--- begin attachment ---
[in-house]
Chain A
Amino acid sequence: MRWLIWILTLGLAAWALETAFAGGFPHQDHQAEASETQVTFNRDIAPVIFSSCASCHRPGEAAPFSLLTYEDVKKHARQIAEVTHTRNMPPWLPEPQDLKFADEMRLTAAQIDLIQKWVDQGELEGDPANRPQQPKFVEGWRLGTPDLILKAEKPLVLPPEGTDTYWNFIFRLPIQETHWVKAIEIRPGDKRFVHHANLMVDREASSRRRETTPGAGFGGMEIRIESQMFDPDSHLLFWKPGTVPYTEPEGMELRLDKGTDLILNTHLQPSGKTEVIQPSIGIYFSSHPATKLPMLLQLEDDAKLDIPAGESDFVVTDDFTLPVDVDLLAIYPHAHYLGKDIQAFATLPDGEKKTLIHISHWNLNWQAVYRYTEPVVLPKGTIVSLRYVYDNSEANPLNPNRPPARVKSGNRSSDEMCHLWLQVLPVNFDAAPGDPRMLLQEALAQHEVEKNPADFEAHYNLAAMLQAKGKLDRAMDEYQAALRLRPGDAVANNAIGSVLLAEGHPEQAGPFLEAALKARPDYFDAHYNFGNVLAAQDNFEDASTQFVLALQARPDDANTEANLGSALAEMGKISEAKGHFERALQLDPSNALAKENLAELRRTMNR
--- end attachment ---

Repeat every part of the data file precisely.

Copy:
[in-house]
Chain A
Amino acid sequence: MRWLIWILTLGLAAWALETAFAGGFPHQDHQAEASETQVTFNRDIAPVIFSSCASCHRPGEAAPFSLLTYEDVKKHARQIAEVTHTRNMPPWLPEPQDLKFADEMRLTAAQIDLIQKWVDQGELEGDPANRPQQPKFVEGWRLGTPDLILKAEKPLVLPPEGTDTYWNFIFRLPIQETHWVKAIEIRPGDKRFVHHANLMVDREASSRRRETTPGAGFGGMEIRIESQMFDPDSHLLFWKPGTVPYTEPEGMELRLDKGTDLILNTHLQPSGKTEVIQPSIGIYFSSHPATKLPMLLQLEDDAKLDIPAGESDFVVTDDFTLPVDVDLLAIYPHAHYLGKDIQAFATLPDGEKKTLIHISHWNLNWQAVYRYTEPVVLPKGTIVSLRYVYDNSEANPLNPNRPPARVKSGNRSSDEMCHLWLQVLPVNFDAAPGDPRMLLQEALAQHEVEKNPADFEAHYNLAAMLQAKGKLDRAMDEYQAALRLRPGDAVANNAIGSVLLAEGHPEQAGPFLEAALKARPDYFDAHYNFGNVLAAQDNFEDASTQFVLALQARPDDANTEANLGSALAEMGKISEAKGHFERALQLDPSNALAKENLAELRRTMNR